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# m13 #9

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A certain colony of bacteria doubles every morning while [#permalink]

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17 Feb 2008, 05:42
A certain colony of bacteria doubles every morning while every evening 1000 bacteria die. What was the original size of the colony if the colony completely disappeared by the end of the third day?

 825
 850
 875
 910
 950
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17 Feb 2008, 05:59
1
KUDOS
C
--
x = original size:
at the end of 1st day: 2x-1000
at the end of 2nd day: 2(2x-1000) -1000 = 4x-3000
at the end of 3rd day: 2(4x-3000)-1000
--
8x-7000=0; x= 875
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16 Jun 2009, 00:50
The first plausible number I found in reasonable time that causes 0 bacteria on Day 3 - evening is 800, but to have exactly 0 bacteria at the end of D3 the starting number for the colony must be 875:
Day 1 - morning: 1750
Day 1 - evening: 750
Day 2 - morning: 1500
Day 2 - evening: 500
Day 3 - morning: 1000
Day 3 - evening: 0
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16 Jun 2009, 01:08
I worked on this problem..backwards, as in i strtd from the end of day 3 and took 0, and worked their onwards.

Is tis right??

or culd it be 875, since 1750 is going to be the number on the morning of Day1.
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17 Jun 2009, 18:22

Day Morning Evening

I x x-1000
II 2x-2000 2x-3000
III 4x-6000 4x-7000

4x-7000=0

x=1750
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17 Jun 2009, 18:30
You can't do it this way because it's compounding on itself.

If you want to start backwards you have to do it like this (which I think was actually already posted in another method).

End of Day 3 = 0.....before losing 1000 = 1000, that morning before it doubled = 500

End of Day 2 = 500...before losing 1000 that night = 1500...that morning before doubled=750

End of Day 1 = 750...before losing 1000 that night = 1750...that morning before doubled = 875.

So 875 is the start, as said previously

My problem with this question though that it appears to asks for a certain number to start with, but in reality, there is a range which would still produce 0 at the end of day 3. if you start with 800 on day 1, you still end up with 0 at the end of day 3.

If you think of it as a range, then 875 > x > 750. If x has a value anywhere in that range, you will get 0 at the end of the 3rd day.

hemantsood wrote:

Day Morning Evening

I x x-1000
II 2x-2000 2x-3000
III 4x-6000 4x-7000

4x-7000=0

x=1750

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02 Jan 2011, 20:20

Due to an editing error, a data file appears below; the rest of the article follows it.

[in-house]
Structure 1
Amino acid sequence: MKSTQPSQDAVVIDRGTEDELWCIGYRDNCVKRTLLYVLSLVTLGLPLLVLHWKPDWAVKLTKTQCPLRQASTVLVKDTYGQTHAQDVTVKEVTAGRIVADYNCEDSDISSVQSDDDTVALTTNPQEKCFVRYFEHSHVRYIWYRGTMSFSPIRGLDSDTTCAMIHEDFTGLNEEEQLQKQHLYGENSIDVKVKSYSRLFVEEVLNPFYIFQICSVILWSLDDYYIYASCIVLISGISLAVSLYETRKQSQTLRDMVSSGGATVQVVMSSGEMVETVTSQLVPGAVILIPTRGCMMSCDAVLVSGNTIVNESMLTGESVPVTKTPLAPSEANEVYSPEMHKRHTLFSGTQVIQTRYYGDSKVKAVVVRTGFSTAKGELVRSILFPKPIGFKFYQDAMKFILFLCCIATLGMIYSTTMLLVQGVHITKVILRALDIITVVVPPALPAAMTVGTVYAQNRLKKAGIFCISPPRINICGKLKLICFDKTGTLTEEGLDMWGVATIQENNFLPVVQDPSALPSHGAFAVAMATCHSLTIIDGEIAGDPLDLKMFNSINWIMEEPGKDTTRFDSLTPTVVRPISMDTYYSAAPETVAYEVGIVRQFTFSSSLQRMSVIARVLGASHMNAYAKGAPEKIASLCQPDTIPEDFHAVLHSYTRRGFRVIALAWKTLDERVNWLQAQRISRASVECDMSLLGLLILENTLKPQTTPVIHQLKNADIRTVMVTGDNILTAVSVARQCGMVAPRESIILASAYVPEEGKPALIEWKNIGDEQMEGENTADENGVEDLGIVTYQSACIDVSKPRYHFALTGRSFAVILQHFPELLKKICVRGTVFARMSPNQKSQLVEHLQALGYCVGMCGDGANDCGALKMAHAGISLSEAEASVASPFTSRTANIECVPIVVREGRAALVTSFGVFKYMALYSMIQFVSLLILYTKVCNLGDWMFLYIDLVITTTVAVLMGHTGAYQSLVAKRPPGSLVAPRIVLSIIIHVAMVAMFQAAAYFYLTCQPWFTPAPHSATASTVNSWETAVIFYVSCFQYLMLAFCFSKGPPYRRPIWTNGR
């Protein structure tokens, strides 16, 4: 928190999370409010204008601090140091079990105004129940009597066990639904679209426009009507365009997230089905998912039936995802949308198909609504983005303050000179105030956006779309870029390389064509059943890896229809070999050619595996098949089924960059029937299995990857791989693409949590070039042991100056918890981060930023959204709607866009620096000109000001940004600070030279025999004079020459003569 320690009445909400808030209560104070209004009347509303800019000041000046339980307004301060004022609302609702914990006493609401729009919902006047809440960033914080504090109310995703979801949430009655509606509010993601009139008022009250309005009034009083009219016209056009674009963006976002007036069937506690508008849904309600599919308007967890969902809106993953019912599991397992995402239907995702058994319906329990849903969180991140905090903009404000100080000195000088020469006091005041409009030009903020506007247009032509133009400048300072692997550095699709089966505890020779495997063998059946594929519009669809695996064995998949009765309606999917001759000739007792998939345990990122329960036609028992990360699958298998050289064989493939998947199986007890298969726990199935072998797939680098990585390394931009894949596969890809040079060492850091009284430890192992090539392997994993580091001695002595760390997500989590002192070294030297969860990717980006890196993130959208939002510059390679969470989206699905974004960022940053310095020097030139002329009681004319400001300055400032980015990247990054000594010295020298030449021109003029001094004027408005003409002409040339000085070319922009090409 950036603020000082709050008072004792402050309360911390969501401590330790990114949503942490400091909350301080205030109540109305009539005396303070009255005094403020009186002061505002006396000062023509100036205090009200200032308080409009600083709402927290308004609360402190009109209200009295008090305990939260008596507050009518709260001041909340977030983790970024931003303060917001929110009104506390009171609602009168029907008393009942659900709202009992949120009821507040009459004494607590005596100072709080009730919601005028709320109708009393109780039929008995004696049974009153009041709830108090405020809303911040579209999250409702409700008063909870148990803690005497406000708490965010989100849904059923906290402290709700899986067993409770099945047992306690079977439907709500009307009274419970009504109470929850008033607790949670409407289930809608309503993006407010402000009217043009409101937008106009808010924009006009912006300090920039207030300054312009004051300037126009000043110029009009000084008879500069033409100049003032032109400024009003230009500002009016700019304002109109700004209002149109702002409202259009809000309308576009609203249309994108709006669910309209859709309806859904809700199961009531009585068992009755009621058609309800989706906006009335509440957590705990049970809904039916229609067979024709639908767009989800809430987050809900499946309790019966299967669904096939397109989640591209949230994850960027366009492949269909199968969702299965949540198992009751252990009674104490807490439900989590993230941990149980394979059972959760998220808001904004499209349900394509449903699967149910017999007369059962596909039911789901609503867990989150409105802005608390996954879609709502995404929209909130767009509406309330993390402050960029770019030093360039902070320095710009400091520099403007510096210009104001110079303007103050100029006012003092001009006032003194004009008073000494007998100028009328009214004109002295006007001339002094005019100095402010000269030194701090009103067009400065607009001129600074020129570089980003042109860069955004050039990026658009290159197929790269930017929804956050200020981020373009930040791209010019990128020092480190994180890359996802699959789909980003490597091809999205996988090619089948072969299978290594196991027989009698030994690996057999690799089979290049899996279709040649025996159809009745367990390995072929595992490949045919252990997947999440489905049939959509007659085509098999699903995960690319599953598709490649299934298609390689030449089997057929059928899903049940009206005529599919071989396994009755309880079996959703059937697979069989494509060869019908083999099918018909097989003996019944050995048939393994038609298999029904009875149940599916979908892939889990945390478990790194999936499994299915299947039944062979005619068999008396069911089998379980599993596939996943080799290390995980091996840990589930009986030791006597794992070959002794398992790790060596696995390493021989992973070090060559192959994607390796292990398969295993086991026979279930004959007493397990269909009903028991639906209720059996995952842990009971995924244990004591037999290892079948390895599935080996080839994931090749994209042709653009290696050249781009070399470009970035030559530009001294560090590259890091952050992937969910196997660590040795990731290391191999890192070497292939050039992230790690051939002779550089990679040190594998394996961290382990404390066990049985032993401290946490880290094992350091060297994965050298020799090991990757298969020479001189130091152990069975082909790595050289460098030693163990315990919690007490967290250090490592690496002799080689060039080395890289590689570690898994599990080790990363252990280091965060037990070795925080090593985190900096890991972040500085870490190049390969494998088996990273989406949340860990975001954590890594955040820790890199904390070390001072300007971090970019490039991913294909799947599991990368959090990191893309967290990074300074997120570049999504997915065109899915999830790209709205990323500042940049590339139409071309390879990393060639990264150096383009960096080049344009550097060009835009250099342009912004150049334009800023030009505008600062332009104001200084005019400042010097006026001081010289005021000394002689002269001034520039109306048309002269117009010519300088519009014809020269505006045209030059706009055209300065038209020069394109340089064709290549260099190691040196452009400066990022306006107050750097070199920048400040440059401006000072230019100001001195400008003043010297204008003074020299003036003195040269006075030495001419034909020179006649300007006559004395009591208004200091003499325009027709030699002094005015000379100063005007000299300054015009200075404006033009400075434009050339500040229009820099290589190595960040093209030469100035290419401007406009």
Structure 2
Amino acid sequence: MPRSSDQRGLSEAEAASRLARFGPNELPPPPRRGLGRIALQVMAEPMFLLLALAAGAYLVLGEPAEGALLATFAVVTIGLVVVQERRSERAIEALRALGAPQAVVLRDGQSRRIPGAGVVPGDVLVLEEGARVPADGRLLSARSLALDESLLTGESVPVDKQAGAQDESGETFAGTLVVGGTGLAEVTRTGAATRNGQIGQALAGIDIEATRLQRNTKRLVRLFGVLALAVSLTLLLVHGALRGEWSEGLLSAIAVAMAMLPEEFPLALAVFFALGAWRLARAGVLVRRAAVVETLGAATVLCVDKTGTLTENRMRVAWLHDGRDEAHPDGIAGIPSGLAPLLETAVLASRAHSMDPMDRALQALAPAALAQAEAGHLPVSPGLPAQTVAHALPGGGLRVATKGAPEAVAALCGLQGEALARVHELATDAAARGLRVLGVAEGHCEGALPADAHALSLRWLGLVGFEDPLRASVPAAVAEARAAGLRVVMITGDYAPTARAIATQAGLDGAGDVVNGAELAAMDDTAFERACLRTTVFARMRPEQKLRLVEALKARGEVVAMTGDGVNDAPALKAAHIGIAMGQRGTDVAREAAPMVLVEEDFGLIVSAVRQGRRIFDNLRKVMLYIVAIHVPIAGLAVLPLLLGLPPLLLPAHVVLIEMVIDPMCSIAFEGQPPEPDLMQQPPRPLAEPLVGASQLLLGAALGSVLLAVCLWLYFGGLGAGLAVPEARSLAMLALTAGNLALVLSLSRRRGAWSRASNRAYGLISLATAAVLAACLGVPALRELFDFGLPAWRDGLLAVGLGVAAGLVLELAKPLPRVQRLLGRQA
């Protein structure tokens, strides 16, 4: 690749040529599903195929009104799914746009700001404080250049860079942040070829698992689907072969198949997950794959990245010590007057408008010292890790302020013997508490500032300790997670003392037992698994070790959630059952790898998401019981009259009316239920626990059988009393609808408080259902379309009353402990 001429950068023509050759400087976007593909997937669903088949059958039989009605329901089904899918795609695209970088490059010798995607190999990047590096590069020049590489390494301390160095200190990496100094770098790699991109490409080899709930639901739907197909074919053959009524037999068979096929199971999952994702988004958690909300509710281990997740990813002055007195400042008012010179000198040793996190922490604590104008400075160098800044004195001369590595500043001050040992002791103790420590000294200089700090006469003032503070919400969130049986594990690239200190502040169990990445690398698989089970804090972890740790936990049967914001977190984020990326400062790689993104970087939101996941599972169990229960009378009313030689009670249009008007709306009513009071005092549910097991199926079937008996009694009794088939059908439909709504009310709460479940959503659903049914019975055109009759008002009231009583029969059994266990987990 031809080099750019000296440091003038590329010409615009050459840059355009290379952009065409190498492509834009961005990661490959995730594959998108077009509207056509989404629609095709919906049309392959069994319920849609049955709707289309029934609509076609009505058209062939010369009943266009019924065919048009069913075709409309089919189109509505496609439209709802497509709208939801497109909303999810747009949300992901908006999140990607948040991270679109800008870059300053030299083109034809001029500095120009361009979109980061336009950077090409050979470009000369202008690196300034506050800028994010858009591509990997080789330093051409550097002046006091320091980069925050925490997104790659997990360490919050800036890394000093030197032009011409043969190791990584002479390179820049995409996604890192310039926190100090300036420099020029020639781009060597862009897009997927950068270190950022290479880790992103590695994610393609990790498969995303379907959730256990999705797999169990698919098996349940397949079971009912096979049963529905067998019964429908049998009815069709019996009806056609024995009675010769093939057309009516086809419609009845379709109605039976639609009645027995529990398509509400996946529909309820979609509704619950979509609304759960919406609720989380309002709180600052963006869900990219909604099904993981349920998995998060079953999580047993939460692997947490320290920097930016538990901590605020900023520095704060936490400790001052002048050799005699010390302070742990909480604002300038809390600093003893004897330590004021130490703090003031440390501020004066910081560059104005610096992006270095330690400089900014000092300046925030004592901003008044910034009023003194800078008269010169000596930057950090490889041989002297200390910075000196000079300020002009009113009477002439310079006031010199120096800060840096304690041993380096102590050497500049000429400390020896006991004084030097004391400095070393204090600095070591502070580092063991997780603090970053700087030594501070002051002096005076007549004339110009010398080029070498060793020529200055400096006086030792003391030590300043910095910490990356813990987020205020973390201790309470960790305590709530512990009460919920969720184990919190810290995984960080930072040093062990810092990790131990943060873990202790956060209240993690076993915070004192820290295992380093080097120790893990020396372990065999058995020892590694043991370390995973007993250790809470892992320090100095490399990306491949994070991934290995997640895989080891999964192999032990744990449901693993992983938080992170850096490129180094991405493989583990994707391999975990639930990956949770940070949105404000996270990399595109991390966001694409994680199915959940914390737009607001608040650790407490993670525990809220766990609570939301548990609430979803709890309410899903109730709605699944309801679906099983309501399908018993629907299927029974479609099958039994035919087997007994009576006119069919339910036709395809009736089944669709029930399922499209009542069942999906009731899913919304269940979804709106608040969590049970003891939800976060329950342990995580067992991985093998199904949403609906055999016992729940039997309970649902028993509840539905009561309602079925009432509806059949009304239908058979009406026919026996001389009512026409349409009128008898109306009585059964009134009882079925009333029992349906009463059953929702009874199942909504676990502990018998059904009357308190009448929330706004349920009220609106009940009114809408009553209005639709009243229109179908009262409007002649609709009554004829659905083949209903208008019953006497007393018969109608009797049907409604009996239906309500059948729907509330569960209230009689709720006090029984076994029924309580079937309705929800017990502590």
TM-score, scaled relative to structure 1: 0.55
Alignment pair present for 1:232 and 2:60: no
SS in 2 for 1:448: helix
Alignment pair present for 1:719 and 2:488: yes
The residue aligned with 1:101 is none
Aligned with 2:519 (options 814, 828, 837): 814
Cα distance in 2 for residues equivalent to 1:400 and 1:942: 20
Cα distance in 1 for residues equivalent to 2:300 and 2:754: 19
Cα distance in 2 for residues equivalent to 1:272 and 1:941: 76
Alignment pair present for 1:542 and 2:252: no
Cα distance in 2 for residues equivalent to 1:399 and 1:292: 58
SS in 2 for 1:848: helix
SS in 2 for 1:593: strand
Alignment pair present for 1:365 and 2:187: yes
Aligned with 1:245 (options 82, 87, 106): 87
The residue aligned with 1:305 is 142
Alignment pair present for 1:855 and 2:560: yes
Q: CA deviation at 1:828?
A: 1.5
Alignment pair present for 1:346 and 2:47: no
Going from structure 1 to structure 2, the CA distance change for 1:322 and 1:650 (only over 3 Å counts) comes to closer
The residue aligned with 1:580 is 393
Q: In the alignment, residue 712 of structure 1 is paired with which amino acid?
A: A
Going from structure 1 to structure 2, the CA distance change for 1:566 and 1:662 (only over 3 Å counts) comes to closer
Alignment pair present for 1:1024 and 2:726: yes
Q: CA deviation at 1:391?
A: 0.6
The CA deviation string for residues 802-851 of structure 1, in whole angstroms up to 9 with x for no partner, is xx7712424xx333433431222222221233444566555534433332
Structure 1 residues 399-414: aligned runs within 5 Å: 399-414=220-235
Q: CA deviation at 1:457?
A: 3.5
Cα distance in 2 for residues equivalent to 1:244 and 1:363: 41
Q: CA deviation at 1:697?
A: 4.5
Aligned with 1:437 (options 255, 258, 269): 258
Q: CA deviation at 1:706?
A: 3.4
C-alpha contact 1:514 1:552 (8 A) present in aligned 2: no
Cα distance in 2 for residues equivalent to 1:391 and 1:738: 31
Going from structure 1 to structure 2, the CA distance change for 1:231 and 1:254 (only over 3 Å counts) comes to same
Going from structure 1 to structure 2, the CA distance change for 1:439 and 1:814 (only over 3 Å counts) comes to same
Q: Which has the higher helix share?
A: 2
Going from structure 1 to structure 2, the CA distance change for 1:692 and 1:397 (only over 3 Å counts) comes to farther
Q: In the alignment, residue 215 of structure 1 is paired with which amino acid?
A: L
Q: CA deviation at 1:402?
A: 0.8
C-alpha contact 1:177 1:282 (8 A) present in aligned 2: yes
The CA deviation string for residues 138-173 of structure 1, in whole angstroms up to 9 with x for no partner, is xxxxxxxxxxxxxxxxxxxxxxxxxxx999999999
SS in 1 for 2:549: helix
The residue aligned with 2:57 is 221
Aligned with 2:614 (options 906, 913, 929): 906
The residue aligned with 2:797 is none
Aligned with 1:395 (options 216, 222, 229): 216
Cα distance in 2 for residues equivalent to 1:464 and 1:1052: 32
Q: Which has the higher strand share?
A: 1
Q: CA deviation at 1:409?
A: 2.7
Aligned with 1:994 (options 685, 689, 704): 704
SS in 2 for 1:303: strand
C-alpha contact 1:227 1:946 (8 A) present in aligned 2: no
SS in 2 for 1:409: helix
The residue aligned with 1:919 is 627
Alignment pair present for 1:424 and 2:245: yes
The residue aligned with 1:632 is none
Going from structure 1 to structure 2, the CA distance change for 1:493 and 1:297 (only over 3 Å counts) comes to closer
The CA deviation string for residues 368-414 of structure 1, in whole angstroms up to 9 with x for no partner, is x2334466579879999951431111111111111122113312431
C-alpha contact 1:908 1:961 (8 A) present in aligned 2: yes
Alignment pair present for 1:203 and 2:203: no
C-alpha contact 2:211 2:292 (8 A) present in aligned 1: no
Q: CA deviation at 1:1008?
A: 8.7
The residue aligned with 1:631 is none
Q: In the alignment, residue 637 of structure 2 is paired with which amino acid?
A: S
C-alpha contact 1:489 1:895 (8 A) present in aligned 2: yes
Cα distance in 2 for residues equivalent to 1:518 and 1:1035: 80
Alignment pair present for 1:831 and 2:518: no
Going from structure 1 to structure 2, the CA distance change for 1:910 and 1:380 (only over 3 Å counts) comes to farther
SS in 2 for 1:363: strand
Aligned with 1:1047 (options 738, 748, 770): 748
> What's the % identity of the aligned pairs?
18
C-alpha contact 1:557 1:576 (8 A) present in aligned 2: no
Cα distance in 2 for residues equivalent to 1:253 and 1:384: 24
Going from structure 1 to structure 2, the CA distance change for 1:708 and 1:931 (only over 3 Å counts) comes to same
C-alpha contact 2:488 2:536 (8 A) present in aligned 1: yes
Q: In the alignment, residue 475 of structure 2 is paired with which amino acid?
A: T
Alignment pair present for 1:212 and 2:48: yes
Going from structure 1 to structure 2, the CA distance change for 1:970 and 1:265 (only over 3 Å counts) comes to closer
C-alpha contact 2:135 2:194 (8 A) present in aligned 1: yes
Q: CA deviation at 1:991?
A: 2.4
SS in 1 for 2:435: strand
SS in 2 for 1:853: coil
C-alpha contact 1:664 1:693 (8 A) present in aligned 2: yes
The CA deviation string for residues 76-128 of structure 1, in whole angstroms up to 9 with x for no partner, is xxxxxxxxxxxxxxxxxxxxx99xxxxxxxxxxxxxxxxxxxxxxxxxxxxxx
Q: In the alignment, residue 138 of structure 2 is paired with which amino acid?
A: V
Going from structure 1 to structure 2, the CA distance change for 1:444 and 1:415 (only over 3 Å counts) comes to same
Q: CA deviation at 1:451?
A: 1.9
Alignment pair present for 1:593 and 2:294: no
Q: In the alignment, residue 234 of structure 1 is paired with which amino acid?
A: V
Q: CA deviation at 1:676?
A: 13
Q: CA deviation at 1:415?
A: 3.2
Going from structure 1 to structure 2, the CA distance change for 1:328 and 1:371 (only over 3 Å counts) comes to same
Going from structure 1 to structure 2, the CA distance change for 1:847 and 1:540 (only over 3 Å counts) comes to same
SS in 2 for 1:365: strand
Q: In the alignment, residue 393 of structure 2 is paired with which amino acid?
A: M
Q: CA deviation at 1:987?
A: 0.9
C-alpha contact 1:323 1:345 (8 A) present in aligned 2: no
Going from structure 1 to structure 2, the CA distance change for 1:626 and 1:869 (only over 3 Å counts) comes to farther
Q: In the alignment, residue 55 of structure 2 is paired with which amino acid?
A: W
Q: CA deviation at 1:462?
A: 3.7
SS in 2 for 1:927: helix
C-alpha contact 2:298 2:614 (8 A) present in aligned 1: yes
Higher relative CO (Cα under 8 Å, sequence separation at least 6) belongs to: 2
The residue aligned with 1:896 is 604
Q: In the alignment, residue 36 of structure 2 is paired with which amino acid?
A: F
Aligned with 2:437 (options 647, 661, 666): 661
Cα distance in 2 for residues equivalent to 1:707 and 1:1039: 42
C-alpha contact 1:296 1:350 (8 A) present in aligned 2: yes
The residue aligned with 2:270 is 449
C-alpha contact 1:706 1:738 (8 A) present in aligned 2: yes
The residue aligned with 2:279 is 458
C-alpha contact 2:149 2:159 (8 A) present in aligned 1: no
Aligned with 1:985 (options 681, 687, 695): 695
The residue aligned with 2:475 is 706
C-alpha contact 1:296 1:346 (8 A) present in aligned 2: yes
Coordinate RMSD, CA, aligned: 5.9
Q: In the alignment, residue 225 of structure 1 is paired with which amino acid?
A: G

I think the best way to approach this question would be to backsolve. I picked D, then backsolved. That didnt work, so i checked B. B came out to be negative. Thus, the answer would be C.
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04 Jan 2011, 09:12
Day 0 Day 1 Day 2 Day3

Morning
Evening Must be 1000 before 1000 die and disappear

Solving backwards and filling in the table

Day 0 Day 1 Day 2 Day3

Morning 1750 1500 1000
Evening 875 750 500 Must be 1000 before 1000 die and disappear

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04 Jan 2011, 09:15
Day3
Evening: Must be 1000 before 1000 die and disappear.

Day3
Morning : 1000
Evening : Must be 1000 before 1000 die and disappear

Day2
Morning: 1500
Evening: 500

Day1
Morning: 1750
Evening: 750

Day 0: 1750/2 = 875

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13 Feb 2012, 08:29
kamilshahid wrote:
I think the best way to approach this question would be to backsolve. I picked D, then backsolved. That didnt work, so i checked B. B came out to be negative. Thus, the answer would be C.

Yes, back solving should help us and I did in that way only. But there is no need to pick any answer and in fact that wastes time.

My back solving is like this:

third day night: input & output are 1000,0
third day morning: input & output are 500, 1000

second day night: input & output are 1500,500
second day morning: input & output are 750, 1500

first day night: input & output are 1750,750
first day morning: input & output are 875, 1750

But after seeing the first reply, I liked it very much and suggest to follow it because it is very methodical and probability of error is less.
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13 Feb 2012, 08:30
srp wrote:
C
--
x = original size:
at the end of 1st day: 2x-1000
at the end of 2nd day: 2(2x-1000) -1000 = 4x-3000
at the end of 3rd day: 2(4x-3000)-1000
--
8x-7000=0; x= 875

Thanks, I like this better than my method
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-Aravind Chembeti

Re: Arithmetic   [#permalink] 13 Feb 2012, 08:30
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# m13 #9

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